Rewald, Ilse. “Berliners Who Helped Us to Survive the Hitler Dictatorship.” Gedenkstätte Deutscher Widerstand. German Resistance Memorial Center, 1990. Web. 02 May 2011. <>. The author uses her war diary to recount the brave Berliners who helped her and her husband survive the Holocaust.

Steinfeld, Irena. “Tracing the Memory of Goodness.” Ehri-project-eu. European Holocaust Research Infrastructure. Web. 27 May 2013. <>. “The Righteous Among the Nations program is an unprecedented attempt by victims to pay tribute to people who stood by them at a time of persecution and tragedy. Its purpose is to single out, within the nations of perpetrators, collaborators, and bystanders, individuals who bucked the general trend and protected Jews from death and deportation.”

Tzur, Nissan. “Poles Finally Learn about Their Holocaust Whistleblower.” The 12 May 2011. Web. 04 Dec. 2012. <>. ”The late Jan Karski is a national hero in Poland for his role as a resistance fighter during the Second World War. Few, however, knew that he was also one of the first eyewitnesses of the Holocaust and documented the horrors of the Warsaw Ghetto – despite having been recognised as ‘Righteous Among the Nations’ by Yad Vashem in 1982.”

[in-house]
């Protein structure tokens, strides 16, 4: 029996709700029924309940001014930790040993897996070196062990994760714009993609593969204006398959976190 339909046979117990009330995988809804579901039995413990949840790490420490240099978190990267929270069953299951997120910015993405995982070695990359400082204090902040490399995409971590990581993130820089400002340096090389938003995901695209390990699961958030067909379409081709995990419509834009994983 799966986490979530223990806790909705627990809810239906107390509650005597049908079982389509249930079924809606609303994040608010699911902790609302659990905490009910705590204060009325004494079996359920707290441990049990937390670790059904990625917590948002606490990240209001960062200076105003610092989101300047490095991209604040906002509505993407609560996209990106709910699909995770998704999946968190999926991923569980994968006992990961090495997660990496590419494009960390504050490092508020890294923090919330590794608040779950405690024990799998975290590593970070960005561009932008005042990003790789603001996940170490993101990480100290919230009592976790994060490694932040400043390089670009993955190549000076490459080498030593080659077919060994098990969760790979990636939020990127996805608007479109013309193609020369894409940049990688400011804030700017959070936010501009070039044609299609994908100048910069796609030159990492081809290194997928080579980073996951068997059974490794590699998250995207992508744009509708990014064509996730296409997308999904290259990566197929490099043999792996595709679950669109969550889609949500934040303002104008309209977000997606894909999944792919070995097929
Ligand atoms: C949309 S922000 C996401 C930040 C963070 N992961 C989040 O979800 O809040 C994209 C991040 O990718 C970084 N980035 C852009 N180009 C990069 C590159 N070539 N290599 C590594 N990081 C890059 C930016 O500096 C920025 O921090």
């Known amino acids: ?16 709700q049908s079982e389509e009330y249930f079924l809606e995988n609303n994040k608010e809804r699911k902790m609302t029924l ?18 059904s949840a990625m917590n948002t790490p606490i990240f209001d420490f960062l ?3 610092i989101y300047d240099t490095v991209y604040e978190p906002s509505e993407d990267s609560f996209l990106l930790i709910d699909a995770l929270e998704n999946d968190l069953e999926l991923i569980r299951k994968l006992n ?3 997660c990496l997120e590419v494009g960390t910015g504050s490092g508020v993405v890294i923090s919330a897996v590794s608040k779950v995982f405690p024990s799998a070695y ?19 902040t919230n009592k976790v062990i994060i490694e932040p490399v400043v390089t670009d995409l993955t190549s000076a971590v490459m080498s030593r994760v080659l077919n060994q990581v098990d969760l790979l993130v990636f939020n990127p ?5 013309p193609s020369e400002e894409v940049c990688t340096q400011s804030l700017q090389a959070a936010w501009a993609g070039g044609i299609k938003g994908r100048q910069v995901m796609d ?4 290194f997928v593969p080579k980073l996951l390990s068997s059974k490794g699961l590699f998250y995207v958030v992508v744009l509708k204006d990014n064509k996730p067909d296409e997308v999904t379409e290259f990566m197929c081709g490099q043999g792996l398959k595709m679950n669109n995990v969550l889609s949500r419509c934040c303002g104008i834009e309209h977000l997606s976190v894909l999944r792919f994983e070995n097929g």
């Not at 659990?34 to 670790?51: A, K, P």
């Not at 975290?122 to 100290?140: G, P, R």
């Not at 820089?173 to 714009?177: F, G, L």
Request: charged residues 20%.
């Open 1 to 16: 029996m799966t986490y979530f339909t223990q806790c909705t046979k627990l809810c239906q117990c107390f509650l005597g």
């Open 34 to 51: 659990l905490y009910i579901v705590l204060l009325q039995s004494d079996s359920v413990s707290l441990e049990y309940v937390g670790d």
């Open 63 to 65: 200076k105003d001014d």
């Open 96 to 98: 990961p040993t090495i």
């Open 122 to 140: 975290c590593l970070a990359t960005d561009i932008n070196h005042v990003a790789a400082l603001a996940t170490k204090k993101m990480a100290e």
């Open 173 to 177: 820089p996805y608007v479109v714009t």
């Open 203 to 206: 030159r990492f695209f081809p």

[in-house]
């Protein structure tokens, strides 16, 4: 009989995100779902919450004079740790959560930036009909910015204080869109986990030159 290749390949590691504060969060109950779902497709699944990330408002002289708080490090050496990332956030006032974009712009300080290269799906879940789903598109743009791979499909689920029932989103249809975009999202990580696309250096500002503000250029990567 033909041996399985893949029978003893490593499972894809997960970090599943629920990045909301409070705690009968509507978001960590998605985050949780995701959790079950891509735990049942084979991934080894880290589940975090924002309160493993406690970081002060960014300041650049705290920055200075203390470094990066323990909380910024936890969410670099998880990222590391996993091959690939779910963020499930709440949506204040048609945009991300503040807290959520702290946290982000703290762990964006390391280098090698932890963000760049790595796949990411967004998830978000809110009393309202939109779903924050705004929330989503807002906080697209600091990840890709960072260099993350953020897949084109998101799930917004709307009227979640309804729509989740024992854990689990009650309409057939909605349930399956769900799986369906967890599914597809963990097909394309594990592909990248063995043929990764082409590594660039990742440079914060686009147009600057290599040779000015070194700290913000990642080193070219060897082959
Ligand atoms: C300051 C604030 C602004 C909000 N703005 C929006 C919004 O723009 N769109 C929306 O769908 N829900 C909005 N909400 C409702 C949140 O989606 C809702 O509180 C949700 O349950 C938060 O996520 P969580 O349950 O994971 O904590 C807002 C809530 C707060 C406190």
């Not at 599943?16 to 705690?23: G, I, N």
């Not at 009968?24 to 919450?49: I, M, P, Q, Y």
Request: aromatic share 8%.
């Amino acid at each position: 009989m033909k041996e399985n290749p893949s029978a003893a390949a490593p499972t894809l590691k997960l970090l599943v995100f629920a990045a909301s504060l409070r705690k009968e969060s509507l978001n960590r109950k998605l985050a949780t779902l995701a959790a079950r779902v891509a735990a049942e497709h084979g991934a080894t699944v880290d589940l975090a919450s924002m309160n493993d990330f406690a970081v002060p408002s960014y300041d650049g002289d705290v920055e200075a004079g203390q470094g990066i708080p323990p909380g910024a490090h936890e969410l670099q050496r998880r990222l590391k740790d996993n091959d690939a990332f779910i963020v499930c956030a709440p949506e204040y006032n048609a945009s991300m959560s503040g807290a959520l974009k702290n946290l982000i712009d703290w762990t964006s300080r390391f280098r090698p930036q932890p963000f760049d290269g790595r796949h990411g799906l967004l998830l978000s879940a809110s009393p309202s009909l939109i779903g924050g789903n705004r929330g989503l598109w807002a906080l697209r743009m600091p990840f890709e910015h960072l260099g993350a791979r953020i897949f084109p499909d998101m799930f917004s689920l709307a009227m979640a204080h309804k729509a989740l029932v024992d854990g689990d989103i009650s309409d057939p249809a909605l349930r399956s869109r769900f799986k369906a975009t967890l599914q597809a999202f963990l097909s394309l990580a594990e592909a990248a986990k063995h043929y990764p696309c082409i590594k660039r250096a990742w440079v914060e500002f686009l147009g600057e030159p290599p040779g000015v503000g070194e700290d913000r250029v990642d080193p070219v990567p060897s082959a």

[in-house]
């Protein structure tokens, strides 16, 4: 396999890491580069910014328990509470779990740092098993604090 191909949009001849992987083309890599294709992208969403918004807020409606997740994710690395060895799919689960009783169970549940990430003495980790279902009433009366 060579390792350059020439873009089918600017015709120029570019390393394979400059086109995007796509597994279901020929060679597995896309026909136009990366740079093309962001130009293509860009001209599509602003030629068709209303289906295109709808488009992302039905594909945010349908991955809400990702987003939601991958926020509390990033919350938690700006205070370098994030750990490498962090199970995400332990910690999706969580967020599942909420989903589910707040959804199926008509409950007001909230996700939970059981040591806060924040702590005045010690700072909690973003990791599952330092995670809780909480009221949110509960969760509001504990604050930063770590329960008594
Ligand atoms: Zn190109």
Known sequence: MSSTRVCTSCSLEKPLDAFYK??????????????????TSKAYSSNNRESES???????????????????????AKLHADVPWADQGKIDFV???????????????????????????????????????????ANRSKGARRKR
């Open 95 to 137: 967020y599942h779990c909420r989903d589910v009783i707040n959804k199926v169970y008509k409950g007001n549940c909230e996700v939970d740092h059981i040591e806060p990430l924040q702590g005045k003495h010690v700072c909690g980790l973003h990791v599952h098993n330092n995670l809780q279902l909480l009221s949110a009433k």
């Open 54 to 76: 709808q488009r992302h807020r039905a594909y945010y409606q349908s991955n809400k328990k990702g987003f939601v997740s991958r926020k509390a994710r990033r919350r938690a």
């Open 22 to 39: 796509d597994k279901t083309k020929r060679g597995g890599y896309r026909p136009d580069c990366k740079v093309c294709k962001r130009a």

“The Woman Who Smuggled Children From the Ghetto.” Jewniverse. 15 Feb. 2013. Web. 25 July 2013. <>. “When Nazi tanks rolled into Warsaw in 1939, a 29-year-old Catholic woman named Irena Sendler made a decision: she would not stand by as her country’s Jews were persecuted. Despite smuggling approximately 2500 Jewish children out of the Warsaw Ghetto, Sendler lived in relative obscurity until her death in 2008. But just 2 years ago, PBS released a moving documentary that brought her posthumous fame … Irena Sendler: In the Name of Their Mothers.”